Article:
CONTRACEPTIVE COVERAGE: Rider Dropped From Spending Bill
The "ground-breaking provision to require federal health plans to cover the cost of five commonly used contraceptives" was "jettisoned" yesterday by "Republican Congressional leaders" eager to wrap up work on fiscal 1999 spending bills and avoid a government shutdown looming this weekend. The contraceptive coverage mandate, "along with three other controversial provisions," was dropped from the $13.4 billion Treasury-Postal spending bill. However, it was the only one of the measures "that had won bipartisan support in both the House and Senate," the Los Angeles Times reports. The move to drop the measure came after "heavy lobbying by a core group of antiabortion House conservatives." The bill's sponsor, Rep. Nita Lowey (D-NY), called the move an "outrage." She said, "A majority of the House supported this provision, the Senate supported it and the Republican (House) leadership tried to kill it at every turn" (Rubin, 10/8). "The Republican leaders should be ashamed of themselves," she said (Seelye, New York Times, 10/8).
The Washington Post reports that the House voted 290-137 to pass the stripped-down bill (Barr/Hager, 10/8). But by a 226-202 roll call vote, the House decided to drop the contraceptive measure. Twenty-three Democrats and 203 Republicans voted against the contraceptive measure, while 180 Democrats, 21 Republicans and one independent voted to keep the rider attached to the spending bill ( AP/Alabama Live, 10/8).
The New York Times reports that Lowey and others are hoping "that the Senate, which is to vote on the treasury-postal bill" today, "could preserve the provision." If that does not happen, supporters hope "the White House would insist that it be part of a final omnibus package that wraps up a number of difficult issues." Rep. Steny Hoyer (D-MD) "said House Democrats had urged the administration to press for the contraceptive measure in the final negotiations," and said conversations he overheard indicated that the provision would survive (10/8).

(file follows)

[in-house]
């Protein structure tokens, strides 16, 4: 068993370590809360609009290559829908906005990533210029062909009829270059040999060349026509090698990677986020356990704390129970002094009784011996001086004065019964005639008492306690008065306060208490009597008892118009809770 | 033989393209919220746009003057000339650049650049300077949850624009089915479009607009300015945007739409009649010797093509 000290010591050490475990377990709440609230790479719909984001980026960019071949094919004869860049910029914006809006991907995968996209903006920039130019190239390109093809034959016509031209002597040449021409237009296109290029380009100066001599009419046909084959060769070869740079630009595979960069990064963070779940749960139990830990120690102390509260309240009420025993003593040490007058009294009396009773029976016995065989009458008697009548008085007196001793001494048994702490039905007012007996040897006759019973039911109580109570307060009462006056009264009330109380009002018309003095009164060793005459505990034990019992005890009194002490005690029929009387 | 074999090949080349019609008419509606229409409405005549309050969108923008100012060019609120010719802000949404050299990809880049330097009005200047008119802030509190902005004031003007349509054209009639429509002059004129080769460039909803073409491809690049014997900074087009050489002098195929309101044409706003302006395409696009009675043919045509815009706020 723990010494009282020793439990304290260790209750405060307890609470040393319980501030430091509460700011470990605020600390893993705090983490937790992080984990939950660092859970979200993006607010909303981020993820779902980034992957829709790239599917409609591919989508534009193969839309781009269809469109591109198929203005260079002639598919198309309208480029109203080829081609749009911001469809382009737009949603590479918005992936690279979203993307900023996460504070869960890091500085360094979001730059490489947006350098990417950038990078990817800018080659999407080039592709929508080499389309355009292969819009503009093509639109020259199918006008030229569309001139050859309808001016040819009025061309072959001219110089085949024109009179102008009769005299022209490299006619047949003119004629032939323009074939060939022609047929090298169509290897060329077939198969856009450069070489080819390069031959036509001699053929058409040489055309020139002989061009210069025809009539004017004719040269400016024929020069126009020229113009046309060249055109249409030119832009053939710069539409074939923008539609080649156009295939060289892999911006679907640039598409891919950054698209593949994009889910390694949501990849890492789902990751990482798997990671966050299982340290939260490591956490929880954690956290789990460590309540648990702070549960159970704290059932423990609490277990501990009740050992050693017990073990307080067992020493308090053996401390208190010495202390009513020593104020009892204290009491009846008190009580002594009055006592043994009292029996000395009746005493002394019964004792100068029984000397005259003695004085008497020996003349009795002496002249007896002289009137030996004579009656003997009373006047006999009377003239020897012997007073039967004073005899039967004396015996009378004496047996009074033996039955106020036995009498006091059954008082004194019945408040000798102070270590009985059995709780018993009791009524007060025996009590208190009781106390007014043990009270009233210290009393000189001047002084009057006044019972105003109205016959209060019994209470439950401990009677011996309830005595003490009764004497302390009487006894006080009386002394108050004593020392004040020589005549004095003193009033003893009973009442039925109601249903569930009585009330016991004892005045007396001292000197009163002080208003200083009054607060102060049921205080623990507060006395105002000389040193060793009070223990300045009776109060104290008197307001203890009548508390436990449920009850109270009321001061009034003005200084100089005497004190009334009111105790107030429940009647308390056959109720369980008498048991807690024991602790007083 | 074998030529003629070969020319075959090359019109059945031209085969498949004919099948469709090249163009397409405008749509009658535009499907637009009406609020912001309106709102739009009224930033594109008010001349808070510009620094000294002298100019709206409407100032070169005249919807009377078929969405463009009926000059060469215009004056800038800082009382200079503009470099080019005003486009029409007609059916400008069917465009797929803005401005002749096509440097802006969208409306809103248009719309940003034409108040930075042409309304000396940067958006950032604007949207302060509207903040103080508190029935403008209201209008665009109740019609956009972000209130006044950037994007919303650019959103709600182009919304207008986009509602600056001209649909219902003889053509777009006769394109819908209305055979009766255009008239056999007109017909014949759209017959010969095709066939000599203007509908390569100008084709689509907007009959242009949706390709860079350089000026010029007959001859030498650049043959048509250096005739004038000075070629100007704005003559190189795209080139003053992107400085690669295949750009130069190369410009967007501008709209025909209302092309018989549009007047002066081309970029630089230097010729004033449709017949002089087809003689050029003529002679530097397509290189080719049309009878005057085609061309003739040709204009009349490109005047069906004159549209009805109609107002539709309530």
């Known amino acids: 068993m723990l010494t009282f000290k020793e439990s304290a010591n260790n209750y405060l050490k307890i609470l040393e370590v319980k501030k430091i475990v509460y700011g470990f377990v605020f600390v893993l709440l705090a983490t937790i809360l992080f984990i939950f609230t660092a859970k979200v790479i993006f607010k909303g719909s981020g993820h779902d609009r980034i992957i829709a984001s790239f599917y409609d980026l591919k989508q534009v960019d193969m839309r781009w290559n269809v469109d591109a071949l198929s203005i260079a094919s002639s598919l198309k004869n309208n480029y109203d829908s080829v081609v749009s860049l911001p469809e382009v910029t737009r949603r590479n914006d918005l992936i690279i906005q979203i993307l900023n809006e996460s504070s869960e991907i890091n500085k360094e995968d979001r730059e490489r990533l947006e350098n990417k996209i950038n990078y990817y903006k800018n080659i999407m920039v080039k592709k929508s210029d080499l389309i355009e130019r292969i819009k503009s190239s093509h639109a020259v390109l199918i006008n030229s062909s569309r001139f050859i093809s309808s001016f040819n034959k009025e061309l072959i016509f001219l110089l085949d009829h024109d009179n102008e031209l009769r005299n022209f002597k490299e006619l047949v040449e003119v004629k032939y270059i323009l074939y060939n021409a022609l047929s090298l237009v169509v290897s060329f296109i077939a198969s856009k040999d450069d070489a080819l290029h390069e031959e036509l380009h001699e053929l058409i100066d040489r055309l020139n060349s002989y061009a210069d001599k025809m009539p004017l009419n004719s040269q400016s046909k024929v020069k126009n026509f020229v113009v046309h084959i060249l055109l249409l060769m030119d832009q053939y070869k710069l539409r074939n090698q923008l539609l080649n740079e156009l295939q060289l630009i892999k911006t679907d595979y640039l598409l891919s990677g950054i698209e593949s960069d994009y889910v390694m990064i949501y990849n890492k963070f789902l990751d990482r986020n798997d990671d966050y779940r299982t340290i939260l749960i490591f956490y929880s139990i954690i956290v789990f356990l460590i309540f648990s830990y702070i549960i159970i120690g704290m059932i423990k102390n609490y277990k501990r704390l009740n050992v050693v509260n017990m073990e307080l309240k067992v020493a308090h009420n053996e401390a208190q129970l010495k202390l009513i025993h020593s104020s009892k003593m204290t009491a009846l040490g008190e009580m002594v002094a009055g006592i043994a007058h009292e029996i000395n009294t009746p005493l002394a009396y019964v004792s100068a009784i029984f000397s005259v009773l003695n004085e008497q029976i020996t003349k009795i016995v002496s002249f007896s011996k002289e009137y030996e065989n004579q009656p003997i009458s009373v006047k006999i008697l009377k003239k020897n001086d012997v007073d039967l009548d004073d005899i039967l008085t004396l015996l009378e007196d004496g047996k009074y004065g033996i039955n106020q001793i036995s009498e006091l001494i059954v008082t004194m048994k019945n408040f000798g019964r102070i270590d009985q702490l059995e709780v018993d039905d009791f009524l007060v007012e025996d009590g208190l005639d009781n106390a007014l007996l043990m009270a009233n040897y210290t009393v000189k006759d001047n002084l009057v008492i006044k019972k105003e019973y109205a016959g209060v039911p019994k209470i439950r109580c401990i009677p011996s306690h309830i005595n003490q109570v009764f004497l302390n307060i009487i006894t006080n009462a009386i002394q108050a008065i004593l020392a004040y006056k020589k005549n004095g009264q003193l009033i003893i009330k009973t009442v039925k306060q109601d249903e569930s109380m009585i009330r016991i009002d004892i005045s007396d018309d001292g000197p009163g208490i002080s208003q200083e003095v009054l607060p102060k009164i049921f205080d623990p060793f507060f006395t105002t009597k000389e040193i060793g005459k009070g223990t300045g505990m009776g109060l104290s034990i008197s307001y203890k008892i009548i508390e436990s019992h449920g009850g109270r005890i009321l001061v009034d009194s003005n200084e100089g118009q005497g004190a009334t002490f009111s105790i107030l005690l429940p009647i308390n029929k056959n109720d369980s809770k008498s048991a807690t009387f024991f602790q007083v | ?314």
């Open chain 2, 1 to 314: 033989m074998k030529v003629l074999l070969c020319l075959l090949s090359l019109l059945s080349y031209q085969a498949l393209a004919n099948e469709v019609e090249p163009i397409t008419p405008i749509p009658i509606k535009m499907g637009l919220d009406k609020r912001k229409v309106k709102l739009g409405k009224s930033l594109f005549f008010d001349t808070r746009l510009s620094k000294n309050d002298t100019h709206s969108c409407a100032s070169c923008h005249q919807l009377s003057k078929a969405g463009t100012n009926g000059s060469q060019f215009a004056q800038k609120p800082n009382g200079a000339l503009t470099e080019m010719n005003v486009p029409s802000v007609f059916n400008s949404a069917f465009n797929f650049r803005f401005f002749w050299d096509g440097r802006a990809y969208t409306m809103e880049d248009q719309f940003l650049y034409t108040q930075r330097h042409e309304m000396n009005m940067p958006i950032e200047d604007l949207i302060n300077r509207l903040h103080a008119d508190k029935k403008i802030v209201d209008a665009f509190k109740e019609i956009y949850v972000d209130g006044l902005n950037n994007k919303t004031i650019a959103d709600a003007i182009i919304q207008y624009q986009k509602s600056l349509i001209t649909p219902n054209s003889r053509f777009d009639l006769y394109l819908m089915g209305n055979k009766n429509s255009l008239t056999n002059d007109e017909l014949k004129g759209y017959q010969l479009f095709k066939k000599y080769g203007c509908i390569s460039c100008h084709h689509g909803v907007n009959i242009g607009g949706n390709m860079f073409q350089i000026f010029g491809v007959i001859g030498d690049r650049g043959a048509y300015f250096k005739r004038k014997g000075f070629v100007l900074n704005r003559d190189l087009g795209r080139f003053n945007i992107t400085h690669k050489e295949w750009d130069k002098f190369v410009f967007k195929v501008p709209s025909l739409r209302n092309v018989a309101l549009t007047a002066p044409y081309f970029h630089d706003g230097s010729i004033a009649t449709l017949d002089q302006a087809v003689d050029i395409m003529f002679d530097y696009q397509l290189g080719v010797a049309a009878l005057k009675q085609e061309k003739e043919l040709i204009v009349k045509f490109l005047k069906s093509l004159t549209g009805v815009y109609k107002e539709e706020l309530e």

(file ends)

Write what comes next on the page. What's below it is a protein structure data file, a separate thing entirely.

The Wall Street Journal reports that the measure "has been seen as a way" for Republican moderates "to soften the party's hard-edged, anti-abortion image with women voters in the fall elections." The provision was also being carefully watched by the private sector, "as government programs are often a model for the private sector" (Rogers, 10/8). The Los Angeles Times reports that the jettisoning of the measure "was viewed as a setback to efforts to provide broader coverage for women" (10/8). Kate Michelman, president of the National Abortion and Reproductive Rights Action League, called the GOP leadership's move "a critical blow to women's reproductive health," charging that the "House leadership bowed to pressure from the more extreme element of their party." She said, "Today's action is an example of just how much anti-family planning members are out of step with the majority of Americans. It also expressed the hypocrisy of those who oppose abortion while opposing contraception" (NARAL release, 10/7). However, Rep. Jim Kolbe (R-AZ) said that passing the larger appropriations bill took precedence. "I support the contraceptive provision. I wanted it in the bill, but I also wanted to get the bill passed" (Los Angeles Times, 10/8).